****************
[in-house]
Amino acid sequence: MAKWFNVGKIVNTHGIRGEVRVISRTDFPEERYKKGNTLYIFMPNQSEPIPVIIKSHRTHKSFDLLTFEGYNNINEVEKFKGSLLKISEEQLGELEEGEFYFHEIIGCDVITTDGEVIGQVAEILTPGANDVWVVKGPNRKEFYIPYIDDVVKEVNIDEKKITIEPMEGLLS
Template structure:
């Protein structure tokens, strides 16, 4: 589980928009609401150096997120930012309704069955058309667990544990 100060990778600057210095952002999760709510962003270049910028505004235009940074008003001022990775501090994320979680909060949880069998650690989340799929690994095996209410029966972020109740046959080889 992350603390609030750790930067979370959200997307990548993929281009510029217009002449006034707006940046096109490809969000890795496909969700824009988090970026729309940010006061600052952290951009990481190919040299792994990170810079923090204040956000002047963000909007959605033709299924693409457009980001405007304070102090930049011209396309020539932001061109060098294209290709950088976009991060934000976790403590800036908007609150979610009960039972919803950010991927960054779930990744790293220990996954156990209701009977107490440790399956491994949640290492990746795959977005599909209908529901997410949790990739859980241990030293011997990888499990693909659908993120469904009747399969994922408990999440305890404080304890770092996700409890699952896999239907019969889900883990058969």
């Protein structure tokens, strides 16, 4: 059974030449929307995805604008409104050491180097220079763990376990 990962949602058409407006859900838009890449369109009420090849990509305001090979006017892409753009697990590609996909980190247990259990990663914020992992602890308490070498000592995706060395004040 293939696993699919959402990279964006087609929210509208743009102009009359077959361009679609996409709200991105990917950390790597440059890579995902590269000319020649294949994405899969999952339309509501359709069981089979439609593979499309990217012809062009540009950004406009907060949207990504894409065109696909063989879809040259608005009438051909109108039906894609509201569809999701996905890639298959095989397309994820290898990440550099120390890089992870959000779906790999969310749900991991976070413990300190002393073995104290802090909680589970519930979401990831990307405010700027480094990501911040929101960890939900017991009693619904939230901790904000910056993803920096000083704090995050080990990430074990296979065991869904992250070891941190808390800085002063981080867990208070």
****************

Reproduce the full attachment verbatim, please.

[in-house]
Amino acid sequence: MAKWFNVGKIVNTHGIRGEVRVISRTDFPEERYKKGNTLYIFMPNQSEPIPVIIKSHRTHKSFDLLTFEGYNNINEVEKFKGSLLKISEEQLGELEEGEFYFHEIIGCDVITTDGEVIGQVAEILTPGANDVWVVKGPNRKEFYIPYIDDVVKEVNIDEKKITIEPMEGLLS
Template structure:
């Protein structure tokens, strides 16, 4: 589980928009609401150096997120930012309704069955058309667990544990 100060990778600057210095952002999760709510962003270049910028505004235009940074008003001022990775501090994320979680909060949880069998650690989340799929690994095996209410029966972020109740046959080889 992350603390609030750790930067979370959200997307990548993929281009510029217009002449006034707006940046096109490809969000890795496909969700824009988090970026729309940010006061600052952290951009990481190919040299792994990170810079923090204040956000002047963000909007959605033709299924693409457009980001405007304070102090930049011209396309020539932001061109060098294209290709950088976009991060934000976790403590800036908007609150979610009960039972919803950010991927960054779930990744790293220990996954156990209701009977107490440790399956491994949640290492990746795959977005599909209908529901997410949790990739859980241990030293011997990888499990693909659908993120469904009747399969994922408990999440305890404080304890770092996700409890699952896999239907019969889900883990058969």
């Protein structure tokens, strides 16, 4: 059974030449929307995805604008409104050491180097220079763990376990 990962949602058409407006859900838009890449369109009420090849990509305001090979006017892409753009697990590609996909980190247990259990990663914020992992602890308490070498000592995706060395004040 293939696993699919959402990279964006087609929210509208743009102009009359077959361009679609996409709200991105990917950390790597440059890579995902590269000319020649294949994405899969999952339309509501359709069981089979439609593979499309990217012809062009540009950004406009907060949207990504894409065109696909063989879809040259608005009438051909109108039906894609509201569809999701996905890639298959095989397309994820290898990440550099120390890089992870959000779906790999969310749900991991976070413990300190002393073995104290802090909680589970519930979401990831990307405010700027480094990501911040929101960890939900017991009693619904939230901790904000910056993803920096000083704090995050080990990430074990296979065991869904992250070891941190808390800085002063981080867990208070």